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Health care seeking patterns of rifampicin-resistant tuberculosis patients in Harare, Zimbabwe: A prospective cohort study

Tadokera, Rebecca ORCID: https://orcid.org/0000-0001-5195-2376, Huo, Stella, Theron, Grant, Timire, Collins, Manyau-Makumbirofa, Salome and Metcalfe, John Z. (2021) Health care seeking patterns of rifampicin-resistant tuberculosis patients in Harare, Zimbabwe: A prospective cohort study. PLOS ONE, 16 (7). e0254204.

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Delays in seeking and accessing treatment for rifampicin-resistant tuberculosis (RR-TB) and multi-drug resistant (MDR-TB) are major impediments to TB control in high-burden, resource-limited settings.

We prospectively determined health-seeking behavioural patterns and associations with treatment outcomes and costs among 68 RR-TB patients attending conveniently selected facilities in a decentralised system in Harare, Zimbabwe.

From initial symptoms to initiation of effective treatment, patients made a median number of three health care visits (IQR 2–4 visits) at a median cost of 13% (IQR 6–31%) of their total annual household income (mean cost, US$410). Cumulatively, RR-TB patients most frequently first visited private facilities, i.e., private pharmacies (30%) and other private health care providers (24%) combined. Median patient delay was 26 days (IQR 14–42 days); median health system delay was 97 days (IQR 30–215 days) and median total delay from symptom onset to initiation of effective treatment was 132 days (IQR 51–287 days). The majority of patients (88%) attributed initial delay in seeking care to “not feeling sick enough.” Total delay, total cost and number of health care visits were not associated with treatment or clinical outcomes, though our study was not adequately powered for these determinations.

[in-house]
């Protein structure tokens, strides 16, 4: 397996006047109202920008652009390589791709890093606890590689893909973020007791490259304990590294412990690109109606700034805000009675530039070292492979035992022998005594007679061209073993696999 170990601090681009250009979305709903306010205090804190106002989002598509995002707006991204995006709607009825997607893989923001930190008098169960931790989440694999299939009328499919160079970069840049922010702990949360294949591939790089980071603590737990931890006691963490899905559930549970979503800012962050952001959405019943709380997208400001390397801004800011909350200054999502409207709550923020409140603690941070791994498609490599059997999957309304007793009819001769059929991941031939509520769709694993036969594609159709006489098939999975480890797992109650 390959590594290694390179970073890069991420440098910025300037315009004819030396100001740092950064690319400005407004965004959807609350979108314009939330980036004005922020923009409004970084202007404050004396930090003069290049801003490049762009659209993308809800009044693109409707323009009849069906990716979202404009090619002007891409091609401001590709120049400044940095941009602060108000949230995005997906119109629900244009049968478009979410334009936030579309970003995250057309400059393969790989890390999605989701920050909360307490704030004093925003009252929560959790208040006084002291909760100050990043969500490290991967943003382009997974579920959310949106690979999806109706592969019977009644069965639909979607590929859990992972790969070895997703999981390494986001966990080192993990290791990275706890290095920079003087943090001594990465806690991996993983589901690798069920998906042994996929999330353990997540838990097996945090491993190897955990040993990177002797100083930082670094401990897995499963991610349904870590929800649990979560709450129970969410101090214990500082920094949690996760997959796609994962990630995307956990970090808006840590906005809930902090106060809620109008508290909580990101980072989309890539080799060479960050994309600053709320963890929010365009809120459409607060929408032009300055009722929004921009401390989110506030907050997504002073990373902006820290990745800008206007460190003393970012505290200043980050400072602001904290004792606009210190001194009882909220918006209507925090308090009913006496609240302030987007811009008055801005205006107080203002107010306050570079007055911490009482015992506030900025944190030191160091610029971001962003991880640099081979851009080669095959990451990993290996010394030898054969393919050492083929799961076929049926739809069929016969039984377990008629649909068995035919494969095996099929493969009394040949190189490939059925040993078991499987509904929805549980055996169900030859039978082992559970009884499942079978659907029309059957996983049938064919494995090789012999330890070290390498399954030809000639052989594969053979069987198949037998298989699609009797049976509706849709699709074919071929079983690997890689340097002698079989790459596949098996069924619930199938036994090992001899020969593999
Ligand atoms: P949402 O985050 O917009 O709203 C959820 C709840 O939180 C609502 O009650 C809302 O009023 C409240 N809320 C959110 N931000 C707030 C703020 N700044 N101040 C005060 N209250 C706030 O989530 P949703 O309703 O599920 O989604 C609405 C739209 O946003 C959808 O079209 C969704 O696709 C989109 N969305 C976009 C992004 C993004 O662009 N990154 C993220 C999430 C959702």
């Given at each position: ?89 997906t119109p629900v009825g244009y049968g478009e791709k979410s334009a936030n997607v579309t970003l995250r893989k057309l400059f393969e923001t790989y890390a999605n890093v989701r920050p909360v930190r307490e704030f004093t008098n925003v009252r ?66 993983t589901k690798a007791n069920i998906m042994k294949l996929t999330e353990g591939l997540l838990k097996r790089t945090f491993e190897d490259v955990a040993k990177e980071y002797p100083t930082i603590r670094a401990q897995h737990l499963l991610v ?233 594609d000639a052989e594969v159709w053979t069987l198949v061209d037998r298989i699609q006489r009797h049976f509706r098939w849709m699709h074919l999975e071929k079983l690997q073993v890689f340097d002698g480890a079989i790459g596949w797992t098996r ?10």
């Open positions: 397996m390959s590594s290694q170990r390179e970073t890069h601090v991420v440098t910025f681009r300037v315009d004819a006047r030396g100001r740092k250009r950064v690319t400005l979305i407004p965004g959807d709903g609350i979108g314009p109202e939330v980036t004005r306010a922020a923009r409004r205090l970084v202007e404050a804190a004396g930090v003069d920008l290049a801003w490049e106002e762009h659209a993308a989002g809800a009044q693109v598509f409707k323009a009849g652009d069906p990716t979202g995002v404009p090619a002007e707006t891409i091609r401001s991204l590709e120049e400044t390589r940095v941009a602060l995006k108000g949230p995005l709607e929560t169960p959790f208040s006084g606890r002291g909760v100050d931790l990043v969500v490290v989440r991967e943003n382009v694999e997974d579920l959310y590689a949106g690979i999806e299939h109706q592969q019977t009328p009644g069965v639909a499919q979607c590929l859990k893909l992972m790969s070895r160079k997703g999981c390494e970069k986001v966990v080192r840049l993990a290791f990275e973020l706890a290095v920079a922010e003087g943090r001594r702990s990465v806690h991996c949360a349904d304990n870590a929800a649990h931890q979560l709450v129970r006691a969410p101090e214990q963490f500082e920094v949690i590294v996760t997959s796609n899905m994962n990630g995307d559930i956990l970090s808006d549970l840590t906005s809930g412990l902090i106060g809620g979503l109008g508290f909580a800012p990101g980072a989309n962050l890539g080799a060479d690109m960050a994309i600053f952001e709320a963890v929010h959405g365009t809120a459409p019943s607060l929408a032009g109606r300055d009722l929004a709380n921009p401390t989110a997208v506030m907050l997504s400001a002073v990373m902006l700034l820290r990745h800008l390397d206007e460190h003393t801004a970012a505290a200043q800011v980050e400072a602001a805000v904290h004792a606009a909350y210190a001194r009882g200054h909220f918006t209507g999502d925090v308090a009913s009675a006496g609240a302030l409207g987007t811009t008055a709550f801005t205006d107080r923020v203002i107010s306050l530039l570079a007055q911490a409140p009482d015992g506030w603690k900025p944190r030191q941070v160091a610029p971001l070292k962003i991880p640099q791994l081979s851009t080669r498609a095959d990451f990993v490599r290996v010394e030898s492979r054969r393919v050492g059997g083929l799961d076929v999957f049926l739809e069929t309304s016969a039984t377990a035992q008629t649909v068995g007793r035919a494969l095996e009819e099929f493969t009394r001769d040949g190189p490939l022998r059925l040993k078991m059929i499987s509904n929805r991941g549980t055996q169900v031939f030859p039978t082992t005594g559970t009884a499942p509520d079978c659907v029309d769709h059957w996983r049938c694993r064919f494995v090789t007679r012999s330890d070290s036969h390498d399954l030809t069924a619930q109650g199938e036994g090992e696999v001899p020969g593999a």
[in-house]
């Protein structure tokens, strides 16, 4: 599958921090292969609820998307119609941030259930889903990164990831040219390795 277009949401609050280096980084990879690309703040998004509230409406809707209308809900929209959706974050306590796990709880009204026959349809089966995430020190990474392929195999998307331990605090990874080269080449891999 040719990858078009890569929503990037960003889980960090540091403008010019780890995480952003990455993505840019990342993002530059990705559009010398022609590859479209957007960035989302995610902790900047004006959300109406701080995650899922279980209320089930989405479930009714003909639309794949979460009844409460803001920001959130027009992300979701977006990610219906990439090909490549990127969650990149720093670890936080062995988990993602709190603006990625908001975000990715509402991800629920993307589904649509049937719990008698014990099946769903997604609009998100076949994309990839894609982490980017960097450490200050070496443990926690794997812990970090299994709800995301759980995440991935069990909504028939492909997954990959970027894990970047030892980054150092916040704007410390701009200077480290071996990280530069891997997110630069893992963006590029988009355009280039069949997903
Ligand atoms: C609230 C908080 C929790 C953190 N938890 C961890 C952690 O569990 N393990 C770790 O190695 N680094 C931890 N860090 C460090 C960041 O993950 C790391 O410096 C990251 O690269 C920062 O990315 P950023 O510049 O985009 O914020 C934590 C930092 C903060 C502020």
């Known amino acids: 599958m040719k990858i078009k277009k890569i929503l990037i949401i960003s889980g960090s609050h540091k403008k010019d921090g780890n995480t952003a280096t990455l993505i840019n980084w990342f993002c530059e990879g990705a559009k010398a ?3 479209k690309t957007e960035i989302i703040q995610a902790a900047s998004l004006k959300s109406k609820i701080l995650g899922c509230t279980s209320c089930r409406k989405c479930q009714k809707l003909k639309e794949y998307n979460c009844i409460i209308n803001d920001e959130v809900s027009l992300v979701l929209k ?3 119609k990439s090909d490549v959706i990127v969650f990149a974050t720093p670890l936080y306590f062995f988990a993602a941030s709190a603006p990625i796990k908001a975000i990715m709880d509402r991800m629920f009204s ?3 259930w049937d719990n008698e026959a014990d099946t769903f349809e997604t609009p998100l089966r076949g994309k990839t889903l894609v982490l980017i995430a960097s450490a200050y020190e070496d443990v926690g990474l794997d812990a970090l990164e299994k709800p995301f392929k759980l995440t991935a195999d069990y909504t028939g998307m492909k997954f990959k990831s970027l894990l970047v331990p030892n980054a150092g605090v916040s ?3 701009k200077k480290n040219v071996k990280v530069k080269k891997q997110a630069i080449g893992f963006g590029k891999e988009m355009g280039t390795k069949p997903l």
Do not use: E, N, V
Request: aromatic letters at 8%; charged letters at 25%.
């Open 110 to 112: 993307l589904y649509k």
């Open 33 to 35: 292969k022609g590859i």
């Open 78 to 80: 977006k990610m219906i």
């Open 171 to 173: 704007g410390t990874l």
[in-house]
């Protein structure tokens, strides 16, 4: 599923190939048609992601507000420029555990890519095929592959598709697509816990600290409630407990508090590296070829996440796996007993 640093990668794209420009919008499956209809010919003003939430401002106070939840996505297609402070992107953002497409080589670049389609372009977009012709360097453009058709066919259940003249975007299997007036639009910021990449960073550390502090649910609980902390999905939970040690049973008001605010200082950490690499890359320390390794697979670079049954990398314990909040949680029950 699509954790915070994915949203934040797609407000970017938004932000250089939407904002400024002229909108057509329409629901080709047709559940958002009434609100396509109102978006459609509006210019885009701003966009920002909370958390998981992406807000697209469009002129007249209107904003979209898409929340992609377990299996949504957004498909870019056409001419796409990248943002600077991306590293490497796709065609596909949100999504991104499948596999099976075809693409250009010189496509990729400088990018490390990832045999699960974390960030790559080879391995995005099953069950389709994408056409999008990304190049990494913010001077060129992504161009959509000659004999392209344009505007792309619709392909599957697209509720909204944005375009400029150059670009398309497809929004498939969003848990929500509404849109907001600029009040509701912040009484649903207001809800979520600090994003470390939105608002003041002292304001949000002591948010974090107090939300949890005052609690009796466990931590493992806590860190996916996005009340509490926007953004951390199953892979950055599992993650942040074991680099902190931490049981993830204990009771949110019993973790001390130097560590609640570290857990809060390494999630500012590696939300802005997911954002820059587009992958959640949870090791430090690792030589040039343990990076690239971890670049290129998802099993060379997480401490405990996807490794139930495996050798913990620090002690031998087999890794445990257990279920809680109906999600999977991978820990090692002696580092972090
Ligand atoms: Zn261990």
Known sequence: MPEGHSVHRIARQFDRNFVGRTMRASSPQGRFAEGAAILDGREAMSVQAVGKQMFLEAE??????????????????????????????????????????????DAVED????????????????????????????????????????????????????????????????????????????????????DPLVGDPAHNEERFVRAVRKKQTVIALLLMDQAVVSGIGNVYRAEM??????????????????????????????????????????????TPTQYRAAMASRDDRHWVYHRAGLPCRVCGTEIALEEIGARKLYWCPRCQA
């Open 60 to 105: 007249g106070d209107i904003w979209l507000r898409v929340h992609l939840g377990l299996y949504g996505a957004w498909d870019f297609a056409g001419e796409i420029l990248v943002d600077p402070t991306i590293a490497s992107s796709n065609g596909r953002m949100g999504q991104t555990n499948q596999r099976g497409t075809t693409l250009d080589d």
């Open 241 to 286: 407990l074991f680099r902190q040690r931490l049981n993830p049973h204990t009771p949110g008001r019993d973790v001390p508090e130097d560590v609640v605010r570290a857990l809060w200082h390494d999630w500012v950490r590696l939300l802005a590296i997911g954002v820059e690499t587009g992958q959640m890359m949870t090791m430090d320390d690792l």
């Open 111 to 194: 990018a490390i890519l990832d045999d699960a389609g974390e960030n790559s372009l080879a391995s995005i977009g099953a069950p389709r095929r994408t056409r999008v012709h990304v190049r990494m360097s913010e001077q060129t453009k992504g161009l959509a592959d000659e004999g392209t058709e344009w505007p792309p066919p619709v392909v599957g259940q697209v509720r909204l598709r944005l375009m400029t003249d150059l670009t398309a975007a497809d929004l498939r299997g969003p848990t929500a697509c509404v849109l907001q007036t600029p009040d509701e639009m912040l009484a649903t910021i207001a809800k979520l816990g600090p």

Despite the public availability of rapid molecular TB tests, patients experienced significant delays and high costs in accessing RR-TB treatment. Active case finding, integration of private health care providers and enhanced service delivery may reduce treatment delay and TB associated costs.

Item Type: Article
Status: Published
DOI: https://doi.org/10.1371/journal.pone.0254204
School/Department: School of Science, Technology and Health
URI: https://ray.yorksj.ac.uk/id/eprint/9371

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